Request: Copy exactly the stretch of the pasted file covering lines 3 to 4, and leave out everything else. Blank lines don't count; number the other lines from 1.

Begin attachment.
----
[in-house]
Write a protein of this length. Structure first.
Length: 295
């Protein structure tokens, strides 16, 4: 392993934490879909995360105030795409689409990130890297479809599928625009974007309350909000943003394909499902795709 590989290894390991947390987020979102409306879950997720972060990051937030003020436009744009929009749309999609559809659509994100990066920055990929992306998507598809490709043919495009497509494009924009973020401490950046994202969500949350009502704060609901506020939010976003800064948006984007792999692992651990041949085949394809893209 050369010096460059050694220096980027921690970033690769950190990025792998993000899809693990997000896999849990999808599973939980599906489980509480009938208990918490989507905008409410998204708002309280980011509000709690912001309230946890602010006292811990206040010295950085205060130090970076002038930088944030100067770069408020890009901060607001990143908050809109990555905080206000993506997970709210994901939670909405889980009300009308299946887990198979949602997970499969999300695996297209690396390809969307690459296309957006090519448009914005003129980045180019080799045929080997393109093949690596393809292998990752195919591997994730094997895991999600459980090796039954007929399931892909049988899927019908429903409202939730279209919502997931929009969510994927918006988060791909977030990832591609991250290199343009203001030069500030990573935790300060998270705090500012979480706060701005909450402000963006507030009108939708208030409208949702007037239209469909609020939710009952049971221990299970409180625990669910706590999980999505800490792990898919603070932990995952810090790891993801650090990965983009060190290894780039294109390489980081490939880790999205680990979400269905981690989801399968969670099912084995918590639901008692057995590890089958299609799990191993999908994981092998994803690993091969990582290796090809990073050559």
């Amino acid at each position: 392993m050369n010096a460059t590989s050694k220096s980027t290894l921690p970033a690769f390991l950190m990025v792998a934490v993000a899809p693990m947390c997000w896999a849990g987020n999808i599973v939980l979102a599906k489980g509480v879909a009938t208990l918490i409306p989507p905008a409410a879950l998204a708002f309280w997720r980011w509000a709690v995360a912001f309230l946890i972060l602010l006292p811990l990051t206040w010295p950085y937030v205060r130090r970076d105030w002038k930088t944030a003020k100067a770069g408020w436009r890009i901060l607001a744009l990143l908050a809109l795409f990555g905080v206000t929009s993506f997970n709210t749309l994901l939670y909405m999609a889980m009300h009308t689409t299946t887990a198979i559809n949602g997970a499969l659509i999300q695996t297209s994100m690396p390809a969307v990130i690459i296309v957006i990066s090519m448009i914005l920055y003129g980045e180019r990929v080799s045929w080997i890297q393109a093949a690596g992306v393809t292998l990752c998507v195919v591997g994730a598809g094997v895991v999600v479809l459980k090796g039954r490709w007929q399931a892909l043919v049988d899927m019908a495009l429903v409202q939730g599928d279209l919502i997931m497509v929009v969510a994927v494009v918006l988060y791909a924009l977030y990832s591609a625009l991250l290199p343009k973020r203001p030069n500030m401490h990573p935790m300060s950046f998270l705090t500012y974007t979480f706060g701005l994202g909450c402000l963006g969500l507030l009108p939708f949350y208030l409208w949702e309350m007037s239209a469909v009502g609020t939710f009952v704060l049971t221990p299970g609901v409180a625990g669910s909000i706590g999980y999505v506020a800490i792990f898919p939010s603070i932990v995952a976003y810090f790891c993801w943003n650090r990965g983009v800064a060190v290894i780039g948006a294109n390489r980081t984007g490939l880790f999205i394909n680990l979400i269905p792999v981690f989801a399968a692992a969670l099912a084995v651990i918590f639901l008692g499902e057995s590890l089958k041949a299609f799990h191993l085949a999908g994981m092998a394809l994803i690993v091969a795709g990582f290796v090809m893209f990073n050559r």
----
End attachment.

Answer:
Length: 295
């Protein structure tokens, strides 16, 4: 392993934490879909995360105030795409689409990130890297479809599928625009974007309350909000943003394909499902795709 590989290894390991947390987020979102409306879950997720972060990051937030003020436009744009929009749309999609559809659509994100990066920055990929992306998507598809490709043919495009497509494009924009973020401490950046994202969500949350009502704060609901506020939010976003800064948006984007792999692992651990041949085949394809893209 050369010096460059050694220096980027921690970033690769950190990025792998993000899809693990997000896999849990999808599973939980599906489980509480009938208990918490989507905008409410998204708002309280980011509000709690912001309230946890602010006292811990206040010295950085205060130090970076002038930088944030100067770069408020890009901060607001990143908050809109990555905080206000993506997970709210994901939670909405889980009300009308299946887990198979949602997970499969999300695996297209690396390809969307690459296309957006090519448009914005003129980045180019080799045929080997393109093949690596393809292998990752195919591997994730094997895991999600459980090796039954007929399931892909049988899927019908429903409202939730279209919502997931929009969510994927918006988060791909977030990832591609991250290199343009203001030069500030990573935790300060998270705090500012979480706060701005909450402000963006507030009108939708208030409208949702007037239209469909609020939710009952049971221990299970409180625990669910706590999980999505800490792990898919603070932990995952810090790891993801650090990965983009060190290894780039294109390489980081490939880790999205680990979400269905981690989801399968969670099912084995918590639901008692057995590890089958299609799990191993999908994981092998994803690993091969990582290796090809990073050559």